REPowering-the-EU and Fit-for-55: friend or foe?
With its new REPowerEU energy communication of March 2022, the European Commission marks a turning point and roots the aim of becoming independent from Russian energy imports. A repowered internal energy market should counter high energy prices. More renewable energies, increased energy-saving measures, the use of biomethane and an accelerated hydrogen strategy should provide comprehensive answers to both, issues of security of supply and climate protection.
Following the Versailles Declaration and in view of the European Council end of March, the European Commission has presented a plan for security of supply and affordable energy prices for the next winter season. A full "RePowerEU plan" to end energy dependence on Russia is to follow by the end of May. According to Commission estimates, two-thirds of Russian gas imports in the order of 100 billion cubic meters could already be replaced by the end of 2022. By 2027, the Commission envisions the EU being completely decoupled from Russian energy imports.
Full implementation of the Fit-for-55 proposals would reduce EU gas consumption by 30 percent by 2030. However, the additional diversification of gas suppliers, more renewable gas, brought-forward energy savings, and electrification could together provide the equivalent of 155 billion cubic meters of Russian gas imports.
Fit-for-55 remains Europe´s long-term strategy
In addition, an accelerated reduction of Europe´s dependence on fossil fuels should strengthen the resilience of the EU energy system. Measures, such as a faster roll-out of solar and wind energy as well as heat pumps, the promotion of building renovation, the modernisation of district heating system or a doubling of the Fit-for-55 target for biomethane are in the spotlight. Efforts to decarbonise industry should also be accelerated with, among other, hydrogen-based solutions and an EU system for carbon contracts for difference. The "energy efficiency first" principle is to be applied in all sectors and policy areas and the European Parliament and Council are already discussing higher targets for the expansion of renewables and energy efficiency in their negotiations on the Fit-for-55 proposals of July 2021.
A further acceleration of ramping up the hydrogen market is considered of key importance, too: in addition to the 5.6 million tons of hydrogen envisaged in the Fit for 55 package, 25 to 50 billion cubic meters of imported Russian gas could be replaced by an additional 15 million tons of renewable hydrogen annually by 2030. This amount would consist of an additional ten million tons of hydrogen imported from various sources and another five million tons of hydrogen produced in Europe.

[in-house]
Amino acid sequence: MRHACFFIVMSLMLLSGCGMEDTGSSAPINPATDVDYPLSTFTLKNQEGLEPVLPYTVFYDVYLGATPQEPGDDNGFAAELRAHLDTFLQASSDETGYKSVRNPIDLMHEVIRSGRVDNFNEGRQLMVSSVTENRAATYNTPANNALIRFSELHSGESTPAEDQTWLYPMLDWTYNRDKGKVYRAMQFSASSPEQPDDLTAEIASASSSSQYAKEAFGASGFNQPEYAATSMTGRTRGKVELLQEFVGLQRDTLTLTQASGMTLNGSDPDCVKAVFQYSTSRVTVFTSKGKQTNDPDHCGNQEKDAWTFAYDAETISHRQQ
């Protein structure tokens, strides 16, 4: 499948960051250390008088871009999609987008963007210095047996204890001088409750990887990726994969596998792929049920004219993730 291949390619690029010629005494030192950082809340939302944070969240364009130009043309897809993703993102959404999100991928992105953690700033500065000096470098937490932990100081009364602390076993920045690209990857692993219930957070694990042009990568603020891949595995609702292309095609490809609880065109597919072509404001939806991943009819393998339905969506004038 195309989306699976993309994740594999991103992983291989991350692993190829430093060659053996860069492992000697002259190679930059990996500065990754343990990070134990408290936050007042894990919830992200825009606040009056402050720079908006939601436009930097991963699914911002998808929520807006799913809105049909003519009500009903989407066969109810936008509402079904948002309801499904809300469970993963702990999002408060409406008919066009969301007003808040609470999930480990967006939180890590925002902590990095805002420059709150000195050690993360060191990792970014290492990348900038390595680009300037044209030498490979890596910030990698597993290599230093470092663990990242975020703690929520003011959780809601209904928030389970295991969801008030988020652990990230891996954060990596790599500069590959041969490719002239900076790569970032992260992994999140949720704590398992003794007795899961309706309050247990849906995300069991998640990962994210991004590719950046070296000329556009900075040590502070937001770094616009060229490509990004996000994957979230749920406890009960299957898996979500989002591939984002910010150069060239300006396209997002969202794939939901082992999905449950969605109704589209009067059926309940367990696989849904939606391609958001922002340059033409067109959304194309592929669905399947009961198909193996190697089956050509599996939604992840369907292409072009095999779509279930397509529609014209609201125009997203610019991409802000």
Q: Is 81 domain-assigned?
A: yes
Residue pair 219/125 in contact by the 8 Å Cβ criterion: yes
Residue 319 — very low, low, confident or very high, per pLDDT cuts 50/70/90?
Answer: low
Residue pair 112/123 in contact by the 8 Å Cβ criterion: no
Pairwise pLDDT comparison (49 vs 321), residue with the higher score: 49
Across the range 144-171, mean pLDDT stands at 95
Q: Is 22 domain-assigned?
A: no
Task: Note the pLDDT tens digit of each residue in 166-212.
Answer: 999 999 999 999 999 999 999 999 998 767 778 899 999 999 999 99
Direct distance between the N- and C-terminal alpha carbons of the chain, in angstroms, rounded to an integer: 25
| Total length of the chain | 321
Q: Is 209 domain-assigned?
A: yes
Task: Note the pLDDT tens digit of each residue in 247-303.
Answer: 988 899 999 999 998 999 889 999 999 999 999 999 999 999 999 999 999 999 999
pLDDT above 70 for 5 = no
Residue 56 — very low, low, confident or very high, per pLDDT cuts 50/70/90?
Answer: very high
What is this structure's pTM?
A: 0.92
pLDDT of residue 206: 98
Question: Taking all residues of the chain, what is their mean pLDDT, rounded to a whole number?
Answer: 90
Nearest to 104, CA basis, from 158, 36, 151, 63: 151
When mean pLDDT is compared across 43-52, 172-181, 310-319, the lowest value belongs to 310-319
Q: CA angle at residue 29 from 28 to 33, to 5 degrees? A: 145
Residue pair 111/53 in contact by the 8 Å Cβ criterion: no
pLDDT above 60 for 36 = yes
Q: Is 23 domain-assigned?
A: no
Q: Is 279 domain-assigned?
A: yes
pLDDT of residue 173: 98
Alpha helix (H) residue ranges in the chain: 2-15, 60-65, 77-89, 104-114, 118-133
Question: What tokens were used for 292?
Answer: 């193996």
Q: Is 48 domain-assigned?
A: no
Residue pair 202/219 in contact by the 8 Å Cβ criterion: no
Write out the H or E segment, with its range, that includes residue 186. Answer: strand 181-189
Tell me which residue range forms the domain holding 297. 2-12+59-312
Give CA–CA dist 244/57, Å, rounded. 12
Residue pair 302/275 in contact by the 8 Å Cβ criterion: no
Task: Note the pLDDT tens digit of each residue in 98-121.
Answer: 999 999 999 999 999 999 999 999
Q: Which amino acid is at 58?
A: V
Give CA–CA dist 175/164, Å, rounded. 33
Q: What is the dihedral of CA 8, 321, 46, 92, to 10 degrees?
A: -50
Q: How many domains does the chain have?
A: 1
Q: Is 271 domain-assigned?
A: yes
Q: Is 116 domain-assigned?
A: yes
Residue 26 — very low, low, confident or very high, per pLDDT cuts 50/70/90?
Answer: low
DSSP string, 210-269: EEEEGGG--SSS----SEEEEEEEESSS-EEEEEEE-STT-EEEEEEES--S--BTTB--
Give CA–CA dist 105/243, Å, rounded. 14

A timely ramp-up of the hydrogen market needs pragmatism
The EU needs to rapidly progress in the development of an integrated gas and hydrogen infrastructure, hydrogen storage facilities and port infrastructure. It should also forge new energy partnerships and work with industry on a global European hydrogen facility to secure access to affordable renewable hydrogen.
From the perspective of German industries, a political framework for ramping up the hydrogen market depends on pragmatism. For example, overly strict criteria for green electricity under the Renewable Energies Directive would put the brakes on the emergence of a liquid hydrogen market and the decarbonization of European industry. In addition, planning and permitting procedures need to be massively accelerated to deliver on the EU´s ambitious new hydrogen targets.
Building acceptance for CO2 pricing measures
Finally, carbon leakage protection, including for exports, remains a key issue. At the EU Council meeting of Ministers for Economic and Financial Affairs (ECOFIN) mid-March 2022, Member States agreed on a general approach on the regulation introducing a new carbon border tax (CBAM).
In its current form, however, the CBAM proposal cannot reliably protect European industry from global competitive disadvantages that exist due to divergent international climate ambitions. Essential issues still need to be clarified, such as the role of existing carbon leakage protection instruments under the EU ETS, finding a WTO-compliant solution for exports, how to use CBAM revenues or how to best connect CBAM and a Climate Club.
BDI shares the view of the German government that an integrated overall view on the Fit for 55 package matters before interinstitutional negotiations with the European Parliament on CBAM could be launched.
By summer, the European Parliament and Council aim at determining their positions on further Fit for 55 measures. Regarding the EU gas and hydrogen package, the Council is striving for reaching a general approach by the end of 2022.
The new REPowerEU Commission proposals on gas storage and joint purchases of gas, liquefied natural gas and hydrogen, are to be dealt with swiftly in the Council. The Commission has also been mandated by the European Council to take all necessary initiatives by May 2022 for optimising the internal electricity market and ensuring a well-functioning carbon market. Finally, Member States are encouraged to make the best possible use of the new temporary framework for state aid in crisis situations to support the economy.